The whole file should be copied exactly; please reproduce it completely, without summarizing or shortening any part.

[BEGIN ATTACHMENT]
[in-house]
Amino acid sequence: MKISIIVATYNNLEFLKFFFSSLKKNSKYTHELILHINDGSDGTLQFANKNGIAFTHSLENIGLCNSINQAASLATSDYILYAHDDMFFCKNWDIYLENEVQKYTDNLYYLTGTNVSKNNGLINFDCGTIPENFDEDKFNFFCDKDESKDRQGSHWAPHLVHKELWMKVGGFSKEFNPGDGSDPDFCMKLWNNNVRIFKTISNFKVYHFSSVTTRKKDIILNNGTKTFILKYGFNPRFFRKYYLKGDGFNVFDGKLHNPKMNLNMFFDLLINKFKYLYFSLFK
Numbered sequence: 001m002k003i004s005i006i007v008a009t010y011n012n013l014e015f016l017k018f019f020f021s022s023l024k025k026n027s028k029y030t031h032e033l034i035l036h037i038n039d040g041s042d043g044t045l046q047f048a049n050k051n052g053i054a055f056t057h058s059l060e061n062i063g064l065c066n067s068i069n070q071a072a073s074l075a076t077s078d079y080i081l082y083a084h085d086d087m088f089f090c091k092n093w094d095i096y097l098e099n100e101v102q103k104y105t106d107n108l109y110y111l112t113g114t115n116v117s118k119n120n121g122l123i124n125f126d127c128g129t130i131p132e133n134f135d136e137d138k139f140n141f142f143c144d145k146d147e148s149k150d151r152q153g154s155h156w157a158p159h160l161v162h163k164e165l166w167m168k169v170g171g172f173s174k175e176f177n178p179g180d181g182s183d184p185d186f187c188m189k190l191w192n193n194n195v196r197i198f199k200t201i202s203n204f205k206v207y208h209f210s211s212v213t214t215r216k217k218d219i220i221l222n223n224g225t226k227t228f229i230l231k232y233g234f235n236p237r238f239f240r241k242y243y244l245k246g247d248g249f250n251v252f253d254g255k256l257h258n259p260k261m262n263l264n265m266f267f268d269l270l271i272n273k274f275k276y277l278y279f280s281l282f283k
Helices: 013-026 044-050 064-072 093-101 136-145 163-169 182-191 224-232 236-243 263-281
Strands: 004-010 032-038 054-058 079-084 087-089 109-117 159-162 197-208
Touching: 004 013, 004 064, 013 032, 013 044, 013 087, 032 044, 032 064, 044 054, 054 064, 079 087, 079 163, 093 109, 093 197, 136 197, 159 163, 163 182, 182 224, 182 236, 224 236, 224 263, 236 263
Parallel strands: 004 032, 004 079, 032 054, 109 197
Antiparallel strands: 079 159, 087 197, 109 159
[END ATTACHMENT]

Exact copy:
[in-house]
Amino acid sequence: MKISIIVATYNNLEFLKFFFSSLKKNSKYTHELILHINDGSDGTLQFANKNGIAFTHSLENIGLCNSINQAASLATSDYILYAHDDMFFCKNWDIYLENEVQKYTDNLYYLTGTNVSKNNGLINFDCGTIPENFDEDKFNFFCDKDESKDRQGSHWAPHLVHKELWMKVGGFSKEFNPGDGSDPDFCMKLWNNNVRIFKTISNFKVYHFSSVTTRKKDIILNNGTKTFILKYGFNPRFFRKYYLKGDGFNVFDGKLHNPKMNLNMFFDLLINKFKYLYFSLFK
Numbered sequence: 001m002k003i004s005i006i007v008a009t010y011n012n013l014e015f016l017k018f019f020f021s022s023l024k025k026n027s028k029y030t031h032e033l034i035l036h037i038n039d040g041s042d043g044t045l046q047f048a049n050k051n052g053i054a055f056t057h058s059l060e061n062i063g064l065c066n067s068i069n070q071a072a073s074l075a076t077s078d079y080i081l082y083a084h085d086d087m088f089f090c091k092n093w094d095i096y097l098e099n100e101v102q103k104y105t106d107n108l109y110y111l112t113g114t115n116v117s118k119n120n121g122l123i124n125f126d127c128g129t130i131p132e133n134f135d136e137d138k139f140n141f142f143c144d145k146d147e148s149k150d151r152q153g154s155h156w157a158p159h160l161v162h163k164e165l166w167m168k169v170g171g172f173s174k175e176f177n178p179g180d181g182s183d184p185d186f187c188m189k190l191w192n193n194n195v196r197i198f199k200t201i202s203n204f205k206v207y208h209f210s211s212v213t214t215r216k217k218d219i220i221l222n223n224g225t226k227t228f229i230l231k232y233g234f235n236p237r238f239f240r241k242y243y244l245k246g247d248g249f250n251v252f253d254g255k256l257h258n259p260k261m262n263l264n265m266f267f268d269l270l271i272n273k274f275k276y277l278y279f280s281l282f283k
Helices: 013-026 044-050 064-072 093-101 136-145 163-169 182-191 224-232 236-243 263-281
Strands: 004-010 032-038 054-058 079-084 087-089 109-117 159-162 197-208
Touching: 004 013, 004 064, 013 032, 013 044, 013 087, 032 044, 032 064, 044 054, 054 064, 079 087, 079 163, 093 109, 093 197, 136 197, 159 163, 163 182, 182 224, 182 236, 224 236, 224 263, 236 263
Parallel strands: 004 032, 004 079, 032 054, 109 197
Antiparallel strands: 079 159, 087 197, 109 159